Visual aids have always been an essential part of technical writing. With the advent of graphics programs for personal computers, writers have available a number of choices for using visual aids. Computers easily convert data to many kinds of visuals. The bar graphs, line graphs, and pie charts (Figures 7.1 to 7.6) shown in this chapter are all computer-generated. This chapter explains a number of different types of visual aids, shows how to discuss them in the document, and tells when to use them.
Three basic types of visual aids are tables and graphs, illustrations, and charts.
Guidelines for Effective Visual Aids
These six guidelines provide a framework for incorporating visual aids into a document. Later sections of the chapter explain which types of visual aids to use and when to use them.
- Construct high-quality visual aids, using clear lines, words, numbers, and organization. Research shows that the quality of the visual aid is the most important factor in its effectiveness.Identify all visual aids as either tables or figures. Anything that is not a table is a figure – no matter what form it takes. In formal situations, place numbers and titles directly above tables and directly below figures. For informal situations, you may place the titles (and numbers if you use them) above or below, whichever seems clearer.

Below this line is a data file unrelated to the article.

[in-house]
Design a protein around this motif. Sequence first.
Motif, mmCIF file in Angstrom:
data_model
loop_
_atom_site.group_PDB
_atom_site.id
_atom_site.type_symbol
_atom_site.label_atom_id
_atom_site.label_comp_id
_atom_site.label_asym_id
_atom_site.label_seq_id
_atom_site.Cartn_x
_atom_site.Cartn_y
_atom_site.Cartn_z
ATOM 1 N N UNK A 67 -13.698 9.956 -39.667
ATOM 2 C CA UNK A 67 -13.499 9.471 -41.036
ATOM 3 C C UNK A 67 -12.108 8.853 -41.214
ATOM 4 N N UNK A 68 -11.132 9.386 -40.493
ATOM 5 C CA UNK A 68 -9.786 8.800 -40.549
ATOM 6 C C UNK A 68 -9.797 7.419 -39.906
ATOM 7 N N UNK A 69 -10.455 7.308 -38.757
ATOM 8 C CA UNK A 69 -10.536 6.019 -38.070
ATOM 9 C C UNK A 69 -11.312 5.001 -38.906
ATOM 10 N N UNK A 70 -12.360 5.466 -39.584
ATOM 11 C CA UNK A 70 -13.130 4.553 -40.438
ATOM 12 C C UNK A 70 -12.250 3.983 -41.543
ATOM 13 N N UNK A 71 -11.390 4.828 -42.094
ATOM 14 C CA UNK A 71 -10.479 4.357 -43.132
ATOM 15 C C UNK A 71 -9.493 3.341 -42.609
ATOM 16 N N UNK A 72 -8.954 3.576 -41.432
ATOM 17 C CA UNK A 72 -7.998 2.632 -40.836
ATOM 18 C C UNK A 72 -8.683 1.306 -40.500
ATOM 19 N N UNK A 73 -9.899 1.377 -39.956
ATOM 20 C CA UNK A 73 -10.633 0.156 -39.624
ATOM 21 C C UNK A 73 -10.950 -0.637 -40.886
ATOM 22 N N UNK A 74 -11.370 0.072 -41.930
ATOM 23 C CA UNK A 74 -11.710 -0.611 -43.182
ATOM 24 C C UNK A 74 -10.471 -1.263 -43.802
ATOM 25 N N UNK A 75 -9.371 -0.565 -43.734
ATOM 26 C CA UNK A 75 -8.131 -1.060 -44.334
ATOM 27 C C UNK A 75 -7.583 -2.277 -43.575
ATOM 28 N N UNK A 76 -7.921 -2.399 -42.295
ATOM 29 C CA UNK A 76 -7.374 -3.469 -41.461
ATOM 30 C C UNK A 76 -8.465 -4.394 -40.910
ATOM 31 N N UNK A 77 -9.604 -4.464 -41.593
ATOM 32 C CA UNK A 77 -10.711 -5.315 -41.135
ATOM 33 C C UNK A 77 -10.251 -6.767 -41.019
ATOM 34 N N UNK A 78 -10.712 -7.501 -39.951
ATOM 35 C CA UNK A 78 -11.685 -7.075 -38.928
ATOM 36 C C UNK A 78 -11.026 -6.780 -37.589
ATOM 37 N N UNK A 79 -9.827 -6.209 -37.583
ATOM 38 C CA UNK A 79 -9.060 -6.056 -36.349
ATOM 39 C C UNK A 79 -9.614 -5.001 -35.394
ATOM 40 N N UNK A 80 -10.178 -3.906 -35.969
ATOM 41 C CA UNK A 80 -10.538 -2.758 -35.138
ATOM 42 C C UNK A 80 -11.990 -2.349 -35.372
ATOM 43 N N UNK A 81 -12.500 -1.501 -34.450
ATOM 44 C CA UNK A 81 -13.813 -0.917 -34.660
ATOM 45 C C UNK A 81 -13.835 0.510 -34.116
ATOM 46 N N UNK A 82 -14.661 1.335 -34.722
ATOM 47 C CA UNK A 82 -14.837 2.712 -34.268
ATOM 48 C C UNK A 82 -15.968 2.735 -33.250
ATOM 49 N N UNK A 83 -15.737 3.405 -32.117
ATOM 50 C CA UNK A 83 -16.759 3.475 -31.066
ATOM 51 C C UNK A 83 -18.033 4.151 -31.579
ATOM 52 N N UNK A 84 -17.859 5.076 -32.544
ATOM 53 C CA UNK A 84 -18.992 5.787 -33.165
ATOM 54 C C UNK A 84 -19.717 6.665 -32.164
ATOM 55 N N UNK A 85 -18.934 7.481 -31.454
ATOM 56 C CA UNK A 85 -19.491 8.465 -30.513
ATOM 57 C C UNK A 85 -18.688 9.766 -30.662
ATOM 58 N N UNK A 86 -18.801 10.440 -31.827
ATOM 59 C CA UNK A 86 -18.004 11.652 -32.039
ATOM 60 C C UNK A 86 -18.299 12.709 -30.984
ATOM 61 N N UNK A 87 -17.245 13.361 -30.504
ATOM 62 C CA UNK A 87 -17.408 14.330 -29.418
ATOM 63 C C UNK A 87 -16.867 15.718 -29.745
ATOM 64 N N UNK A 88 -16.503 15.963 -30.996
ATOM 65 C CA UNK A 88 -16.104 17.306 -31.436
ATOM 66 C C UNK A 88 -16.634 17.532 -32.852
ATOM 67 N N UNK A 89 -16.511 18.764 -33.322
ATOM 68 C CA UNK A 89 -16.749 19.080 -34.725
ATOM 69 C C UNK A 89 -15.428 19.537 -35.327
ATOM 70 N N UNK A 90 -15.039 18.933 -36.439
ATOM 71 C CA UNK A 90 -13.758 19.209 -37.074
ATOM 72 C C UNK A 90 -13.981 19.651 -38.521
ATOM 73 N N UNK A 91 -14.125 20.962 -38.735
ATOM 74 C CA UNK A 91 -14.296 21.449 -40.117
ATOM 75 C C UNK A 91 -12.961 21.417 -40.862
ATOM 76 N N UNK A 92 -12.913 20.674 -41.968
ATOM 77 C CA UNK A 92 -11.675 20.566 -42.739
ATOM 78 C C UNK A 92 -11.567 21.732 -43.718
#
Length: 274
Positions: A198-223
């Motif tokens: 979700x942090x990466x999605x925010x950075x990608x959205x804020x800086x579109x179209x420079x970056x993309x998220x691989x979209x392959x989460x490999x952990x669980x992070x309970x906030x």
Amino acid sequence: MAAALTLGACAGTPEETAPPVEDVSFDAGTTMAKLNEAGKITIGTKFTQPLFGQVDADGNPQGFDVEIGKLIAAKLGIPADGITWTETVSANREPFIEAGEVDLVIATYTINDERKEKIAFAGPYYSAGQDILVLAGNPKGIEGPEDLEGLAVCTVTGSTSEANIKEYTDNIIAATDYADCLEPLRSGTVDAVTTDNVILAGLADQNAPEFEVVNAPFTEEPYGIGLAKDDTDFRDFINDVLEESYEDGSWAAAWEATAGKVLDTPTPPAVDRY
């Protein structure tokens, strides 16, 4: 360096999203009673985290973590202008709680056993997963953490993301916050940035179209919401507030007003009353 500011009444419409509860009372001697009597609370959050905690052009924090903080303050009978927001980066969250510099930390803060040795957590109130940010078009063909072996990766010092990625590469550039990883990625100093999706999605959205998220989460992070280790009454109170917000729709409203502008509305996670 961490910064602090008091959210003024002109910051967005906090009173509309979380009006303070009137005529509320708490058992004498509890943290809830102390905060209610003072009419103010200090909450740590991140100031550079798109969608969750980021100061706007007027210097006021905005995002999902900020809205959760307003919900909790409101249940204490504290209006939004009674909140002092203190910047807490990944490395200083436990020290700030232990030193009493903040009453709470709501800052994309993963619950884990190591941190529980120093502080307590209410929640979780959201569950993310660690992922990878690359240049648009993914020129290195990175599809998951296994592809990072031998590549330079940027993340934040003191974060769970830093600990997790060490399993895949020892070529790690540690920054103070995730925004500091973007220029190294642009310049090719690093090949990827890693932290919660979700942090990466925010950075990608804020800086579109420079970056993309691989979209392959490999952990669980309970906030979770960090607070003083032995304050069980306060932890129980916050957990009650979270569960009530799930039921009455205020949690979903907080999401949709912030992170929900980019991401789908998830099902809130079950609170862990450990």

- Make sure a visual conveys only one point. If you include too much data, readers cannot grasp the meaning readily. Do not clutter a visual aid with too many words or lines, causing it to lose its visual quality and impact. Integrate visual aids into the report at logical and convenient places. As a general rule, place illustrations in the middle of or after your discussion them.
- Refer to each visual aid in the text, (usually by number, e.g. “see Figure I”), even if the illustration is right beside or below your discussion of it, and explain or interpret each one.